The percentage of Chilean consumers using computers with Intel (Nasdaq: INTC) Core microprocessors rose to 50% from 30% last year, as users increasingly require the technology they use to be lighter, and have longer battery life and overall better performance, Intel's Southern Cone director, Esteban Galuzzi, told BNamericas.
"When technology is relevant to what people want to do with their computers... people see that, understand it and they adopt it by themselves," Galuzzi said.
The company recently launched the second generation of Core processors - Core i7, i5 and i3 - which according to Galuzzi are balanced between design, performance and durability.
And multimedia is at the heart of the improvements, which include Quick Sync, allowing for faster synchronization, editing and sharing of multimedia content.
Turbo Boost Technology 2.0 ensures faster processing.
In the area of graphics, Wireless Display (WiDi) allows for streaming of the laptop's media to HDTV, while InTru Clear Video Technology allows stereoscopic 3D images to be viewed on HD, 3D-compatible TVs and monitors.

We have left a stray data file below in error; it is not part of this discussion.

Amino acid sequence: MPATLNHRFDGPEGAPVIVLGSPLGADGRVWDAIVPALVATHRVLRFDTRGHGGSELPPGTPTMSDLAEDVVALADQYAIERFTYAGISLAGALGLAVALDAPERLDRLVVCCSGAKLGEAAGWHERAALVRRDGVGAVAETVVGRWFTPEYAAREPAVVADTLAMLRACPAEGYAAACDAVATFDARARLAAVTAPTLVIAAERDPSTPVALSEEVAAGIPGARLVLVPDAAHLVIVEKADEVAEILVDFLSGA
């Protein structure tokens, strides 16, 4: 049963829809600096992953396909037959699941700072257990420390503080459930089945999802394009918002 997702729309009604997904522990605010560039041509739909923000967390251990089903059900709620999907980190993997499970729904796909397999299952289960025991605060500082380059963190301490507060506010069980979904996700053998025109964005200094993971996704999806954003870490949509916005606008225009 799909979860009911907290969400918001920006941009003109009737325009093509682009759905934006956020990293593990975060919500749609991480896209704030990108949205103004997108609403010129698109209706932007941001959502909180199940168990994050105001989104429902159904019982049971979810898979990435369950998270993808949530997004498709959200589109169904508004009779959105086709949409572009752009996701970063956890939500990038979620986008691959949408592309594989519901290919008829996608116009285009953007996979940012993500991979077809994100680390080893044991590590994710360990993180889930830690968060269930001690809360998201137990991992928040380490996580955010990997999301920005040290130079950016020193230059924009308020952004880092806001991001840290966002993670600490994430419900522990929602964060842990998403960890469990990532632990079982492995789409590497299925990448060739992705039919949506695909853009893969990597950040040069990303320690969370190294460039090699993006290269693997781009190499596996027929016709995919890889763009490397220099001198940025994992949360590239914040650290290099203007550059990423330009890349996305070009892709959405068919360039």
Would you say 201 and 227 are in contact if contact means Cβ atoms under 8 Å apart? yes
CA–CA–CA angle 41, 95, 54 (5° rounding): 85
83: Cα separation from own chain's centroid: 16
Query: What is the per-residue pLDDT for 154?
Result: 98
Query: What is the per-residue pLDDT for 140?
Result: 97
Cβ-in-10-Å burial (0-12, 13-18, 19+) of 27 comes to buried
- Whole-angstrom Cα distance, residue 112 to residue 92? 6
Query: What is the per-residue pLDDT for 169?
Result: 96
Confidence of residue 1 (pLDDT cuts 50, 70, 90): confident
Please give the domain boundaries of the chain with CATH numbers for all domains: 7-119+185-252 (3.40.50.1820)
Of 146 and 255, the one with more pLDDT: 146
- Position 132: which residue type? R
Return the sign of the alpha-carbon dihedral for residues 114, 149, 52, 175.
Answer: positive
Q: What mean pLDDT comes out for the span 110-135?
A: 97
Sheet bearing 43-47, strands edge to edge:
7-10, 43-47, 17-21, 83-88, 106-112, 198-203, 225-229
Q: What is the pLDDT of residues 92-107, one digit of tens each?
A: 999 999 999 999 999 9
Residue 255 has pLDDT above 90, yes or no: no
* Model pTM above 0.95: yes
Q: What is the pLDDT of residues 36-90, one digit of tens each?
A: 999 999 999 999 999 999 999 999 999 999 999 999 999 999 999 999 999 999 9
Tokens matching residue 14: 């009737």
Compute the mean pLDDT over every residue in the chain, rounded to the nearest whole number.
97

Samsung Electronics recently launched its new X series line of ultra-thin notebooks, which use the second generation of Intel processors.
Eduardo Yon, commercial director for Samsung Infosystem, said performance and mobility are the two most important elements in consumers' minds today.
"In Samsung, we're always concerned about two things - that design is adequate for the use, meaning that computers are light, powerful and with long battery life. That is where Intel is very important for us because it gives us on the one hand performance in a reduced space which dissipates very little heat, meaning you can have small designs. On the other hand, the processors are powerful," Yon told BNamericas.
The executive said mobile computing penetration in Chile is not that far off from the US and other developed countries, such that launches come out almost simultaneously.
"In Samsung we've observed that tastes don't change much from one country to another; they're similar. The same technology that's taking off in developed countries is taking off in Latin America," Yon said.